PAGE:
Hydroelectric, Renewables, Wind

Wind, hydro make way into ISO-New England Day-Ahead Market

Wind and hydropower generators in New England now are required to offer their power into the independent system operator’s day-ahead energy market.

Beginning June 1, ISO-New England requires wind and intermittent hydro-powered generators with a capacity supply obligation to start offering in the market. Three years ago, ISO-NE launched the Do Not Exceed (DNE) Dispatch Project that enabled these resources to participate in the Real-Time Energy Markets and begin taking electronic dispatch instructions from ISO New England for the first time.

These changes facilitated the ability of renewable resources to set real-time prices, improved price formation, and increased system use of low-cost renewables in areas with limited transmission capacity.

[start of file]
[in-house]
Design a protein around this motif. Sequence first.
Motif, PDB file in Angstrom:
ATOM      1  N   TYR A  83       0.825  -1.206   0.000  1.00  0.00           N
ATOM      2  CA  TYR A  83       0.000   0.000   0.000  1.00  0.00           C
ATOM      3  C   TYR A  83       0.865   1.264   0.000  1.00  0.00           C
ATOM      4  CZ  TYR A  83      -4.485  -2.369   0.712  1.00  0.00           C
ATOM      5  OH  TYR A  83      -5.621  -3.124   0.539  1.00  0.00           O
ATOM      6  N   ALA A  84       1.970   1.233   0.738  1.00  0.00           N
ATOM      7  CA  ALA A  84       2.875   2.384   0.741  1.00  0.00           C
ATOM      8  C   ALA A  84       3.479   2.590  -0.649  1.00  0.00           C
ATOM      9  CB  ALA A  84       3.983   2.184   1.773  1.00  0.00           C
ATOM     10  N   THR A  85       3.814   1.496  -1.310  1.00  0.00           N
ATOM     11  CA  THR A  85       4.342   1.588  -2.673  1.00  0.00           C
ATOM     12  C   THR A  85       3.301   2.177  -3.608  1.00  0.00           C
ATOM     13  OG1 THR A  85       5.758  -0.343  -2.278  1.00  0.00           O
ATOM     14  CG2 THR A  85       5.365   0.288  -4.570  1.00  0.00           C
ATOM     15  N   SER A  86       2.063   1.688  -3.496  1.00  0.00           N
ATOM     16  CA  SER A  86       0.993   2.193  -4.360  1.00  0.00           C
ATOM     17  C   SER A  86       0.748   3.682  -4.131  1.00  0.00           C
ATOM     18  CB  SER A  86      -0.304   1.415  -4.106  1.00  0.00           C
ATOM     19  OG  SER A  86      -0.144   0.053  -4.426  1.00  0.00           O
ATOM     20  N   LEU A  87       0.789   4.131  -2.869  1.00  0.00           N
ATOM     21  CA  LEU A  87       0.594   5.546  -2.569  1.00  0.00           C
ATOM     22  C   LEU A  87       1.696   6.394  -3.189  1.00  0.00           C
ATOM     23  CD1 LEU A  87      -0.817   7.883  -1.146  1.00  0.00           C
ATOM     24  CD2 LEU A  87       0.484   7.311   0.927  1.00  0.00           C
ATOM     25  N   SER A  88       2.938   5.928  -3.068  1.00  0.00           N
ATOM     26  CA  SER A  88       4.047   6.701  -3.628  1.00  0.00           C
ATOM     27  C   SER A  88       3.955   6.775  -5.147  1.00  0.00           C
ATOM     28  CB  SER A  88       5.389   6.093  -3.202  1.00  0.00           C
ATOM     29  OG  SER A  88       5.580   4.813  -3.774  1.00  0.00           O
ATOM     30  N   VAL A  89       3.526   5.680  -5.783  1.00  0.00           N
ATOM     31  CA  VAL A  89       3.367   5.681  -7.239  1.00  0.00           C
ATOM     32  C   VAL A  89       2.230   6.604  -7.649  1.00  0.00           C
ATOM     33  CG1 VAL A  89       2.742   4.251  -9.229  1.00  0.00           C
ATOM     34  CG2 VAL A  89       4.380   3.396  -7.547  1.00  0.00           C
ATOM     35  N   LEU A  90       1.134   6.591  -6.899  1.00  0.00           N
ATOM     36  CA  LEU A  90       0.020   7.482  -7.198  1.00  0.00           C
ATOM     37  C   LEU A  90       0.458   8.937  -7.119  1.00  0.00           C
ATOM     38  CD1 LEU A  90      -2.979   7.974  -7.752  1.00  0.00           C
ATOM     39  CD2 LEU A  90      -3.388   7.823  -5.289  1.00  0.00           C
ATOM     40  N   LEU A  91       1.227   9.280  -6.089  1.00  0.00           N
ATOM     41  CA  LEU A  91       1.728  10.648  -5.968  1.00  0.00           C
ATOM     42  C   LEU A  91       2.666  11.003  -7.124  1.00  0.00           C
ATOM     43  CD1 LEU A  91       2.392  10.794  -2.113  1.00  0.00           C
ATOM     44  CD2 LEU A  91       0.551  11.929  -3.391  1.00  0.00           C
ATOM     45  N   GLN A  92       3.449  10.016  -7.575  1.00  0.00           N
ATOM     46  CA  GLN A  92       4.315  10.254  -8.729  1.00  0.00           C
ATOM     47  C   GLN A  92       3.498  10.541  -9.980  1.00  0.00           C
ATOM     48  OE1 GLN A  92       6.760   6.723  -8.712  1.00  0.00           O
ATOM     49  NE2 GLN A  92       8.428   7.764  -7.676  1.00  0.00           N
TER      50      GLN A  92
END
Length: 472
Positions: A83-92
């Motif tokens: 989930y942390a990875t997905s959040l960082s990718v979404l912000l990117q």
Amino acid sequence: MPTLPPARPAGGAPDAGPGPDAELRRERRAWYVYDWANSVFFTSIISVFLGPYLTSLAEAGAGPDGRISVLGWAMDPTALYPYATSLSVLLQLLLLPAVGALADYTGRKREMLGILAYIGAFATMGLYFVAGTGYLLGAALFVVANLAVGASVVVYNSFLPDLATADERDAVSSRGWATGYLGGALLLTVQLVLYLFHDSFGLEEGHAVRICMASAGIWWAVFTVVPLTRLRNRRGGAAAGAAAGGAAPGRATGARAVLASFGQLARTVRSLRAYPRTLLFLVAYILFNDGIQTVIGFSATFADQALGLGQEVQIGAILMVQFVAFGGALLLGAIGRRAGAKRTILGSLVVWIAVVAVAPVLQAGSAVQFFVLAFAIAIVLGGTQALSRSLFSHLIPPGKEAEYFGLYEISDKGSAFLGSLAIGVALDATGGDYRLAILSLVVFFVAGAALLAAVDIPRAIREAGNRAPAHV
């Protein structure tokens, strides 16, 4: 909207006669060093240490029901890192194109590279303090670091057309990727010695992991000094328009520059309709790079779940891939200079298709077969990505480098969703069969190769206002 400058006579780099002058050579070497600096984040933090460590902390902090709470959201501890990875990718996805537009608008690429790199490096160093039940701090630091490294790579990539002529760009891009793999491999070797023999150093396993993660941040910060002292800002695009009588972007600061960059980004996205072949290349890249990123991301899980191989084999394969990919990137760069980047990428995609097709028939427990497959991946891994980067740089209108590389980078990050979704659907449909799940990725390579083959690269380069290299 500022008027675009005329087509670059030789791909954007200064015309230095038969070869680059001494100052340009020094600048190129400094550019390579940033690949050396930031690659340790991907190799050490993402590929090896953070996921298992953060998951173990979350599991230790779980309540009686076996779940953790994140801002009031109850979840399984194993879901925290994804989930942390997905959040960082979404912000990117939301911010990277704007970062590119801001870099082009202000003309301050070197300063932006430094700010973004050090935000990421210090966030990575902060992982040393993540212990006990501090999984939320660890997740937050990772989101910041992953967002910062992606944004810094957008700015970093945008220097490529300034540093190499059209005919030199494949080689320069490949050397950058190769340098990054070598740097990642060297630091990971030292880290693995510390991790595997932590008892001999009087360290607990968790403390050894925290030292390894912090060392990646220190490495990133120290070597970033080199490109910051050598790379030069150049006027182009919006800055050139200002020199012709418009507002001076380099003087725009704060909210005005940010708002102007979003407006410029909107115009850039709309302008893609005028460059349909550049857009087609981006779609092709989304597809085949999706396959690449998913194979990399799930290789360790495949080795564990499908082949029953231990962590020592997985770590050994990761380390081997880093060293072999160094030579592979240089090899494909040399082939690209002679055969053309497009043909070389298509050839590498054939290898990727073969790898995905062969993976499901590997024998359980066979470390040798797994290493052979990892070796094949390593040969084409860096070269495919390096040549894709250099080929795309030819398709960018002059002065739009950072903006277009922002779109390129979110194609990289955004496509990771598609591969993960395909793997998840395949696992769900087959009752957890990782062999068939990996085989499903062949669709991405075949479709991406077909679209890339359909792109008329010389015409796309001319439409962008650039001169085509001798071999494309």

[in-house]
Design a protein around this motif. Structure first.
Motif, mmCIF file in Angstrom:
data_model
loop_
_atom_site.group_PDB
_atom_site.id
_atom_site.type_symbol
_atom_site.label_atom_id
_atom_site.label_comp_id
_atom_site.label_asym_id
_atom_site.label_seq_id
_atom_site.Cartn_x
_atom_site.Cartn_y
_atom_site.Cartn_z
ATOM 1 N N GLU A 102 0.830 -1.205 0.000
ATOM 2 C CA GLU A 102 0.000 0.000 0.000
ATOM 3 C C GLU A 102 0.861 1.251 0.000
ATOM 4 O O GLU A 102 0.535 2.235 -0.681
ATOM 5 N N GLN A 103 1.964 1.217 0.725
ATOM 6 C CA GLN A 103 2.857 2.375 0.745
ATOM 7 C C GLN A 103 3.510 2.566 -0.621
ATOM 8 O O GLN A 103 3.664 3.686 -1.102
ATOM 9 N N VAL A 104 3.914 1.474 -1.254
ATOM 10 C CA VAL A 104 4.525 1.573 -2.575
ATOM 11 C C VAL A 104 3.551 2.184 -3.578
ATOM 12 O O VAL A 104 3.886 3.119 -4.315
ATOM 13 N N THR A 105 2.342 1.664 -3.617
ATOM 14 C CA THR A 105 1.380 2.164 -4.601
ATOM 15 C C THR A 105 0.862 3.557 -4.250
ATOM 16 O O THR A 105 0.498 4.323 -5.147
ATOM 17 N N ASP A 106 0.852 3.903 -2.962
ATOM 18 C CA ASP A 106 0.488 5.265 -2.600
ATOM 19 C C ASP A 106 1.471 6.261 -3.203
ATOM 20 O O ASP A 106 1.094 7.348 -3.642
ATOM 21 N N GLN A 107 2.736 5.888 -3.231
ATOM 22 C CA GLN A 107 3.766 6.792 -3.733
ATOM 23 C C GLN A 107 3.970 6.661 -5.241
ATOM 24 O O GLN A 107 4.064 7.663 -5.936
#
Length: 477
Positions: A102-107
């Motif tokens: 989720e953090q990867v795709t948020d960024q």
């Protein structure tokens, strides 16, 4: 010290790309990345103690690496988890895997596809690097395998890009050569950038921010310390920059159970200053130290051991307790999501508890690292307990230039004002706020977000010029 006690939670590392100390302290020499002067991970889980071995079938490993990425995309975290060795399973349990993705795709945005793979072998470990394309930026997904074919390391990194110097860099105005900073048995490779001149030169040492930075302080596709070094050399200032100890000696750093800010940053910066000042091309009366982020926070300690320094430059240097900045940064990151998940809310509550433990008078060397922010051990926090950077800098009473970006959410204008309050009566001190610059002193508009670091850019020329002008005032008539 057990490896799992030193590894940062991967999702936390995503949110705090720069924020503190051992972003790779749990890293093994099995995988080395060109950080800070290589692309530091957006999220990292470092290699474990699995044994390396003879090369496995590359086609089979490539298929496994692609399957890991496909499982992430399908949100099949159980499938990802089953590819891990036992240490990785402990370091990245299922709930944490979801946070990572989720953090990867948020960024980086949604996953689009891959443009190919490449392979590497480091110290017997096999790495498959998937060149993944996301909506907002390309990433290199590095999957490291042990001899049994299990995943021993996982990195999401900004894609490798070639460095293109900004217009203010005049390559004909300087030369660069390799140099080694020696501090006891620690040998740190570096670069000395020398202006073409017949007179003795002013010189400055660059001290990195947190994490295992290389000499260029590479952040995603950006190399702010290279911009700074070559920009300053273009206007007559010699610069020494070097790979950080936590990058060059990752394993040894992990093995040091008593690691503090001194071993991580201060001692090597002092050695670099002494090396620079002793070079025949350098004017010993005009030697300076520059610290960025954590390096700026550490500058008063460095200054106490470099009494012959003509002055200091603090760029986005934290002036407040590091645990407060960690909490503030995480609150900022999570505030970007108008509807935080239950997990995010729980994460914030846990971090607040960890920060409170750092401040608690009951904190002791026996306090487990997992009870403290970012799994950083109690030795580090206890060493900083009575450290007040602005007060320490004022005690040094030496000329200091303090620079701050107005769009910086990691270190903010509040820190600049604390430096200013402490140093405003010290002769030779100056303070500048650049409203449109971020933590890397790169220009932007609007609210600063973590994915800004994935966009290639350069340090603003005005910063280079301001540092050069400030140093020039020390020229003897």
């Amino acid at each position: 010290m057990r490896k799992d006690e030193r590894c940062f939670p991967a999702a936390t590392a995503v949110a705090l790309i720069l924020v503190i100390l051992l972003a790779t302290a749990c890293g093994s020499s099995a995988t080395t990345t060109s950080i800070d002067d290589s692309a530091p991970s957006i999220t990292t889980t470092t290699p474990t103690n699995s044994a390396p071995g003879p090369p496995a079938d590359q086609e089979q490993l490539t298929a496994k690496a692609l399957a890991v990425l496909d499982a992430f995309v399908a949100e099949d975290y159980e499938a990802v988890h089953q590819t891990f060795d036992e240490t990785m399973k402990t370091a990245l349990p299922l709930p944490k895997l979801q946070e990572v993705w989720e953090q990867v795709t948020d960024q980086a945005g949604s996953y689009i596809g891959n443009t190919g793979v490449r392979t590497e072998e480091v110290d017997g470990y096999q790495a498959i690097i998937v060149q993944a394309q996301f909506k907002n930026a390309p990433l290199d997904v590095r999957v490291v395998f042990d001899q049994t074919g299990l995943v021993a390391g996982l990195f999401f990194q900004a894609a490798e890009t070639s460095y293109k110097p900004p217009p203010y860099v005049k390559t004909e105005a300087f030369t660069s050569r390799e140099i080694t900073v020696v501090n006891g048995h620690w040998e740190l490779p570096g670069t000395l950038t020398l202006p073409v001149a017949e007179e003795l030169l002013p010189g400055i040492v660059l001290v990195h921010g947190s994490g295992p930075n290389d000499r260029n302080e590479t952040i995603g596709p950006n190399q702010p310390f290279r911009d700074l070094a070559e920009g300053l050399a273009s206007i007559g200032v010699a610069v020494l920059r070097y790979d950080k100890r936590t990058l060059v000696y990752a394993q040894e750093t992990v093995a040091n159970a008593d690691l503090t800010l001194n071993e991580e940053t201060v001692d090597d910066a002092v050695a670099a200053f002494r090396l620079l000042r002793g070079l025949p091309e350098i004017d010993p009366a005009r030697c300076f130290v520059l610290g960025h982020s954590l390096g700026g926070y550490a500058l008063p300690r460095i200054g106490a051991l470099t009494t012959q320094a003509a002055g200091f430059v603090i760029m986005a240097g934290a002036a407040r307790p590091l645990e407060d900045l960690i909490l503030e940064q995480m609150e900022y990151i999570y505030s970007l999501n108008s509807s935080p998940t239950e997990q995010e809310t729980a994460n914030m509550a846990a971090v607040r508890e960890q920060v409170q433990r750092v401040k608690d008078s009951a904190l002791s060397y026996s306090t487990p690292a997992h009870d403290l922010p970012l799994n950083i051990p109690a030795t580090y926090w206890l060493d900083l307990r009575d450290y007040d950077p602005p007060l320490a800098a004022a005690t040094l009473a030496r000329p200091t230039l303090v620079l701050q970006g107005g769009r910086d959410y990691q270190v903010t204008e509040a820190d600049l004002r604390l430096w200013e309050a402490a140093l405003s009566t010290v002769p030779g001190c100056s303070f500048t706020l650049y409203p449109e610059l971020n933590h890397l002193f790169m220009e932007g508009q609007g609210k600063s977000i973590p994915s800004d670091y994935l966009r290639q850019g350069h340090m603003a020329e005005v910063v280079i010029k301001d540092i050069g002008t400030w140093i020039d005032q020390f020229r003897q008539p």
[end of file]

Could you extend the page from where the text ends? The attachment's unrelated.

Requiring DNE dispatchable resources to participate in the Day-Ahead Energy Market will lead to a more accurate commitment of resources and an improvement in the price convergence between the day-ahead and real-time markets, according to the ISO-NE release. The change will also help address curtailment issues, which occur when the maximum potential output of a group of resources exceeds capacity, leading to the resources being dispatched down or even off line in order to avoid overloading the transmission system.

Now, power from these resources that clears in the Day-Ahead Energy Market will not be curtailed until all the real-time-only generations are curtailed during a period with transmission constraints. In essence, obtaining a position in the Day-Ahead Energy Market gives the resources a better chance of being dispatched and not curtailed.